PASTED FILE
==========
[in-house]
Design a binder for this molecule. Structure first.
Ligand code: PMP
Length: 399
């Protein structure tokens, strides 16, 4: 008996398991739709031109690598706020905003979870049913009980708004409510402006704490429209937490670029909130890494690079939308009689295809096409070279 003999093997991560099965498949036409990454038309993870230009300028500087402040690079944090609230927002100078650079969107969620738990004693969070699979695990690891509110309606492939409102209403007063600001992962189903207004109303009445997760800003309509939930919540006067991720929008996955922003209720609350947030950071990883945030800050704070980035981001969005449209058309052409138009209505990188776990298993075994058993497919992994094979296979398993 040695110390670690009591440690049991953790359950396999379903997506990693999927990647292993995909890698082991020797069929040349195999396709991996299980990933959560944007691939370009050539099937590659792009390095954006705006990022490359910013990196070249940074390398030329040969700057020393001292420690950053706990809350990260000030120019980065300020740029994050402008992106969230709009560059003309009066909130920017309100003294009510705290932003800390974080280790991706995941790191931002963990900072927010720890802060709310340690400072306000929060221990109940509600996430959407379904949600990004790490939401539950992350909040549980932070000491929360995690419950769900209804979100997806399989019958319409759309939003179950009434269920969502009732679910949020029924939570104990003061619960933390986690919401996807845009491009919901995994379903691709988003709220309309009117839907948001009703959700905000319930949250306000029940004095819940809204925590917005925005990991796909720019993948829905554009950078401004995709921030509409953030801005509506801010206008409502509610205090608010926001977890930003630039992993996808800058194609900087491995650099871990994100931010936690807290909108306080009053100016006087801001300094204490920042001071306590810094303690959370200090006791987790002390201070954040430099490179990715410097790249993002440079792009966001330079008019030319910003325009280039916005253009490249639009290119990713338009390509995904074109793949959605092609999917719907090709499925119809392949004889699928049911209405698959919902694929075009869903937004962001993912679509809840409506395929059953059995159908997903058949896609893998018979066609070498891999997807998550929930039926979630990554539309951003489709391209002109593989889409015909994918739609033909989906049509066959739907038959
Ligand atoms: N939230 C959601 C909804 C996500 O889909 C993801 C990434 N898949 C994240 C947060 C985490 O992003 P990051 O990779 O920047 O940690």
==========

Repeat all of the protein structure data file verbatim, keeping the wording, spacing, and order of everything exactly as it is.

[in-house]
Design a binder for this molecule. Structure first.
Ligand code: PMP
Length: 399
């Protein structure tokens, strides 16, 4: 008996398991739709031109690598706020905003979870049913009980708004409510402006704490429209937490670029909130890494690079939308009689295809096409070279 003999093997991560099965498949036409990454038309993870230009300028500087402040690079944090609230927002100078650079969107969620738990004693969070699979695990690891509110309606492939409102209403007063600001992962189903207004109303009445997760800003309509939930919540006067991720929008996955922003209720609350947030950071990883945030800050704070980035981001969005449209058309052409138009209505990188776990298993075994058993497919992994094979296979398993 040695110390670690009591440690049991953790359950396999379903997506990693999927990647292993995909890698082991020797069929040349195999396709991996299980990933959560944007691939370009050539099937590659792009390095954006705006990022490359910013990196070249940074390398030329040969700057020393001292420690950053706990809350990260000030120019980065300020740029994050402008992106969230709009560059003309009066909130920017309100003294009510705290932003800390974080280790991706995941790191931002963990900072927010720890802060709310340690400072306000929060221990109940509600996430959407379904949600990004790490939401539950992350909040549980932070000491929360995690419950769900209804979100997806399989019958319409759309939003179950009434269920969502009732679910949020029924939570104990003061619960933390986690919401996807845009491009919901995994379903691709988003709220309309009117839907948001009703959700905000319930949250306000029940004095819940809204925590917005925005990991796909720019993948829905554009950078401004995709921030509409953030801005509506801010206008409502509610205090608010926001977890930003630039992993996808800058194609900087491995650099871990994100931010936690807290909108306080009053100016006087801001300094204490920042001071306590810094303690959370200090006791987790002390201070954040430099490179990715410097790249993002440079792009966001330079008019030319910003325009280039916005253009490249639009290119990713338009390509995904074109793949959605092609999917719907090709499925119809392949004889699928049911209405698959919902694929075009869903937004962001993912679509809840409506395929059953059995159908997903058949896609893998018979066609070498891999997807998550929930039926979630990554539309951003489709391209002109593989889409015909994918739609033909989906049509066959739907038959
Ligand atoms: N939230 C959601 C909804 C996500 O889909 C993801 C990434 N898949 C994240 C947060 C985490 O992003 P990051 O990779 O920047 O940690």